For instance, the case studies of the banking royal commission indicate that a time of instability resulted for a large corporate fund, as a direct result of the exercise of shareholder power of appointment. After numerous communications and meetings between the chair and the shareholders, and APRA expressing serious concerns about the rapidity and extent of the board changes proposed by a significant shareholder, the changes to the composition of the board went ahead. Fortunately, the result was a positive outcome, with successful governance changes being made too. The question to be asked is whether this type of upheaval should occur, and what message does it send to investors?
However, this example does show that serious governance questions, including those involving potentially competing member and shareholder interests, which need an immediate response, could be handled efficiently and effectively by a Finance Panel. Shareholders, in matters such as these, would have standing to put the issue before the Finance Panel.
Trustee money management
A superannuation trustee must always act in the best interests of its members, and exercise the same degree of care, skill and diligence as a prudent trustee. These obligations may be fulfilled by diligent monitoring and managing of an investment, even when an investment’s performance is below expectations.15 A subscription to an online news publication which aimed to provide information to industry super members, and which thus was believed to be for their benefit, was authorised by the board of a superannuation fund. The aim was not only to retain members, but also to grow membership of the fund. Not seen as an investment, but as a ‘tool to enhance the fund’s engagement with members’16 the subscription price was paid out of members’ administration fees, which covered marketing costs. Further spending was also incurred for a political campaign, on a similar basis.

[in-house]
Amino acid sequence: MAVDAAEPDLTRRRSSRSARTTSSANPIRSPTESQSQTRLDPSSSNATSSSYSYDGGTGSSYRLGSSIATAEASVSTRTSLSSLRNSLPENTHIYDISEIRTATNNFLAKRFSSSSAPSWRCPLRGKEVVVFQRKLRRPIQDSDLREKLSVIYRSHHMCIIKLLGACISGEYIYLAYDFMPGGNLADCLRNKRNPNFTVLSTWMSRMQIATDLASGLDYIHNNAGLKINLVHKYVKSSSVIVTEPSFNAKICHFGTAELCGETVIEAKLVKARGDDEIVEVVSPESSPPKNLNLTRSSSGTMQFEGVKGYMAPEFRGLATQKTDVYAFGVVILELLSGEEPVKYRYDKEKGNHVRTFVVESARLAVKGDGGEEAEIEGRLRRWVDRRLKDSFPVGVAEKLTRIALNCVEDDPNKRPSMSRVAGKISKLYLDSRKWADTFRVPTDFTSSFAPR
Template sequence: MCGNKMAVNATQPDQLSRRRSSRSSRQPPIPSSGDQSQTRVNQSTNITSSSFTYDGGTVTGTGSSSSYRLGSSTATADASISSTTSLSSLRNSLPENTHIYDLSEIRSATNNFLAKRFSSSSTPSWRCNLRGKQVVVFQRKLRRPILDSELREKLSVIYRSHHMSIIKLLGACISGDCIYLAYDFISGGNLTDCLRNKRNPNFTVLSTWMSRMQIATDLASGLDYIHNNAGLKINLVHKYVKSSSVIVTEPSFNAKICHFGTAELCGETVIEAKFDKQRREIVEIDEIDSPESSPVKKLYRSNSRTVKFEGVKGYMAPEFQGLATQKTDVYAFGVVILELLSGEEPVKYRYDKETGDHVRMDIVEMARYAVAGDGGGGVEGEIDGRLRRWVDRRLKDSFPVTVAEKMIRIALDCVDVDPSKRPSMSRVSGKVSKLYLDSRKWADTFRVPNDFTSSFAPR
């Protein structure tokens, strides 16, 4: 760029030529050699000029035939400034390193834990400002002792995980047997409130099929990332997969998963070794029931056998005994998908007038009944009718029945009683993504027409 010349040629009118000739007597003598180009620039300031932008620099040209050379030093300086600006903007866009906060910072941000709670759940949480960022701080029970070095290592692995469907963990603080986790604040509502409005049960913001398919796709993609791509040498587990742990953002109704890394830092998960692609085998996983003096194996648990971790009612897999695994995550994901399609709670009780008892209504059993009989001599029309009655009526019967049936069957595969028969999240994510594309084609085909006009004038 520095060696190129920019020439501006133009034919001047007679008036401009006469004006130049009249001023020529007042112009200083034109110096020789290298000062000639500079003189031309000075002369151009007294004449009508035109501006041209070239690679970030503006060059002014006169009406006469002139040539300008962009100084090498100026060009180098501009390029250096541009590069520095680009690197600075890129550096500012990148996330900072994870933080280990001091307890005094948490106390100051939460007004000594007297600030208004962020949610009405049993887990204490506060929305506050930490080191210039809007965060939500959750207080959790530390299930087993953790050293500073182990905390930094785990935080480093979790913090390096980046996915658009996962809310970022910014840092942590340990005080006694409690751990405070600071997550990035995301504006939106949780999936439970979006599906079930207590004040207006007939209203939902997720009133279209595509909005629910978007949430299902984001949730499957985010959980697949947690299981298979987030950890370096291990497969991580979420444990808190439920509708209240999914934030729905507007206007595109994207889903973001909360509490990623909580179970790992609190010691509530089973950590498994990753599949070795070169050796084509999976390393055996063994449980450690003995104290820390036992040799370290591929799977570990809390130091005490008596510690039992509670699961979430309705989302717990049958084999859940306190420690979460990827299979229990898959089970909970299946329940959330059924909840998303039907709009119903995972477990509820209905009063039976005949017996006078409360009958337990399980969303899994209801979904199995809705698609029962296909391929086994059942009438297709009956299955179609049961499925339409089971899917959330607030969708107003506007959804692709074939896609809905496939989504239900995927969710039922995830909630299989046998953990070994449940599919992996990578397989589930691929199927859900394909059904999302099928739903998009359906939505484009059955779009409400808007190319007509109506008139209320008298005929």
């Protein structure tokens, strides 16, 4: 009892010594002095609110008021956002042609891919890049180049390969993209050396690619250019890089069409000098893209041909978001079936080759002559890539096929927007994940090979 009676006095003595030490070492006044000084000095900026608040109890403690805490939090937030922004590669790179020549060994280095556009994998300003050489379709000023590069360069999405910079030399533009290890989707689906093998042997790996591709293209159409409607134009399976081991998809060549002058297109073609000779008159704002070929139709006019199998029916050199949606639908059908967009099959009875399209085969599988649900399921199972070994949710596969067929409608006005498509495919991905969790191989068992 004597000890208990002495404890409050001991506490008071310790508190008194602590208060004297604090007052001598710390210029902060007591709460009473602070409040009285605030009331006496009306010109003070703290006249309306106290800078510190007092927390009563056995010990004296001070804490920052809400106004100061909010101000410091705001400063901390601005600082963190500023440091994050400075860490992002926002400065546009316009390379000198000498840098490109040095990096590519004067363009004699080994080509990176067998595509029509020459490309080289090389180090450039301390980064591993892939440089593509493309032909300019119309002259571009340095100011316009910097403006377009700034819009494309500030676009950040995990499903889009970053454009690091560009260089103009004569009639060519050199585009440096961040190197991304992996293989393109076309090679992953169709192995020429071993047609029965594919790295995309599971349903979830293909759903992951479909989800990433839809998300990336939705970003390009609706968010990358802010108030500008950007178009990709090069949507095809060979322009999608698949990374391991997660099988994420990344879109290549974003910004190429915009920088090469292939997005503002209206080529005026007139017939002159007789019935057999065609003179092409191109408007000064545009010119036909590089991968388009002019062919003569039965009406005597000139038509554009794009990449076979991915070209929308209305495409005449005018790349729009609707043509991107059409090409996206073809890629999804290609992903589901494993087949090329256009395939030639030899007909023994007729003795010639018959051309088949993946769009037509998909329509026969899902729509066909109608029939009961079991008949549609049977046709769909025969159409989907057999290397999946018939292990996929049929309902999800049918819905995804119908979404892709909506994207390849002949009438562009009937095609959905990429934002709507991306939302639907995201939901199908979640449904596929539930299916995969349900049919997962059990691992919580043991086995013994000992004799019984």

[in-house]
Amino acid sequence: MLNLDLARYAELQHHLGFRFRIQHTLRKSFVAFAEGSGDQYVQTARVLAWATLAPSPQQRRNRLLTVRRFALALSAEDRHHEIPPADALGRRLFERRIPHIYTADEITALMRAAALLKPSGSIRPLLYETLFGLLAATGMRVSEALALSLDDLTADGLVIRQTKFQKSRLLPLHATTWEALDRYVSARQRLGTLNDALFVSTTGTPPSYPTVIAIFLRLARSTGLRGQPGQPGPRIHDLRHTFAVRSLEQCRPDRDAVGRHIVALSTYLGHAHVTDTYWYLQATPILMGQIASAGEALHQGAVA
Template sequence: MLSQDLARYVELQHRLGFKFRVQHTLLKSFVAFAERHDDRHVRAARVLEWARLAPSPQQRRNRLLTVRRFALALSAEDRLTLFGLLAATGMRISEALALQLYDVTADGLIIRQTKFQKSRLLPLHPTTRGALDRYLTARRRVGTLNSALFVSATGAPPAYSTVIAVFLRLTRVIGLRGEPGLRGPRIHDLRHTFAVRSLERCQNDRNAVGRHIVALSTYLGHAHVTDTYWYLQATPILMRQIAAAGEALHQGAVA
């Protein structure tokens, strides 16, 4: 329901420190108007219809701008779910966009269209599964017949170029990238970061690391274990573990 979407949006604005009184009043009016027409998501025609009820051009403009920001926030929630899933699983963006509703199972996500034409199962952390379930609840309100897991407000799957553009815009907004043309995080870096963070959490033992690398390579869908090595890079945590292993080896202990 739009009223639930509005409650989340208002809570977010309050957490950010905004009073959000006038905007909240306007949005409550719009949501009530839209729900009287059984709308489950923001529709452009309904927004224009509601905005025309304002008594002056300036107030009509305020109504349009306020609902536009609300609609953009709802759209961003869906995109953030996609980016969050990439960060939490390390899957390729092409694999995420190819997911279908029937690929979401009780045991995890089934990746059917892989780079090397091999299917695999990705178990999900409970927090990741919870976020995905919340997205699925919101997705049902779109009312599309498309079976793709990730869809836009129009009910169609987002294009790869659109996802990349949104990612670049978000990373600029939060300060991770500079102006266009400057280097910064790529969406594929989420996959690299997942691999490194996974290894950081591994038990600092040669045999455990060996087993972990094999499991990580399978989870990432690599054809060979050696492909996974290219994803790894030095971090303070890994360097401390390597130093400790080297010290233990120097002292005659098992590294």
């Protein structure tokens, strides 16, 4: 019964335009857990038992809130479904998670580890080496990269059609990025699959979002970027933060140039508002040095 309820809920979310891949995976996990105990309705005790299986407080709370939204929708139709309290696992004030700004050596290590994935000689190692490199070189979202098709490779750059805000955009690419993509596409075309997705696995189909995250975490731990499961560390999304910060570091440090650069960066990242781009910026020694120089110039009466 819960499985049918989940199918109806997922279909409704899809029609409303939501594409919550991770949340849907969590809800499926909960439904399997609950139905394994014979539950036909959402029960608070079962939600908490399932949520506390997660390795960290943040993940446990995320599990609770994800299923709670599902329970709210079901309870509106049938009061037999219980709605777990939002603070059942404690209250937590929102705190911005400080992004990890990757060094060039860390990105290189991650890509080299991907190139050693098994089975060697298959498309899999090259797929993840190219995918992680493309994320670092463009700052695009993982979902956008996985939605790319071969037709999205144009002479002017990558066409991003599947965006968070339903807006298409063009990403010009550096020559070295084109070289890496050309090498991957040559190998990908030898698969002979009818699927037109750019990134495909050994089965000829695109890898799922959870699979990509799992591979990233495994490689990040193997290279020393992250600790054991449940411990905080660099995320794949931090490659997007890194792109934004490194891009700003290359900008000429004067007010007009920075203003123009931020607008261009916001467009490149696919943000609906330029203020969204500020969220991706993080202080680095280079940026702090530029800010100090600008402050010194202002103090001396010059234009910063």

Type of marketing and political advertising expenditure by a superannuation fund is a sensitive topic, when member’s funds are being utilised.17 The Final Report did not propose a more prescriptive law than the tests already to be applied — the best interests and sole purpose tests. The Final Report states that ‘…most trustees would rightly err on the side of caution’18 when determining their compliance. However, it is suggested that a Finance Panel directive would provide greater certainty, as well as guidance, for trustees concerned with such issues.
A clamour of voices may be heard, crying: ‘Not another regulatory body — surely not.’
But Australia is now a dominant force in the global financial economy and our fiscal security is essential. As a country, we do not want to be the weak link, and, in order to avoid systemic risk, prudential strength and irreproachable market conduct is paramount. A Finance Panel which gives guidance and captures potential breaches before they occur will ensure a strong, stable market economy, which will protect and attract international, as well as Australian, investors.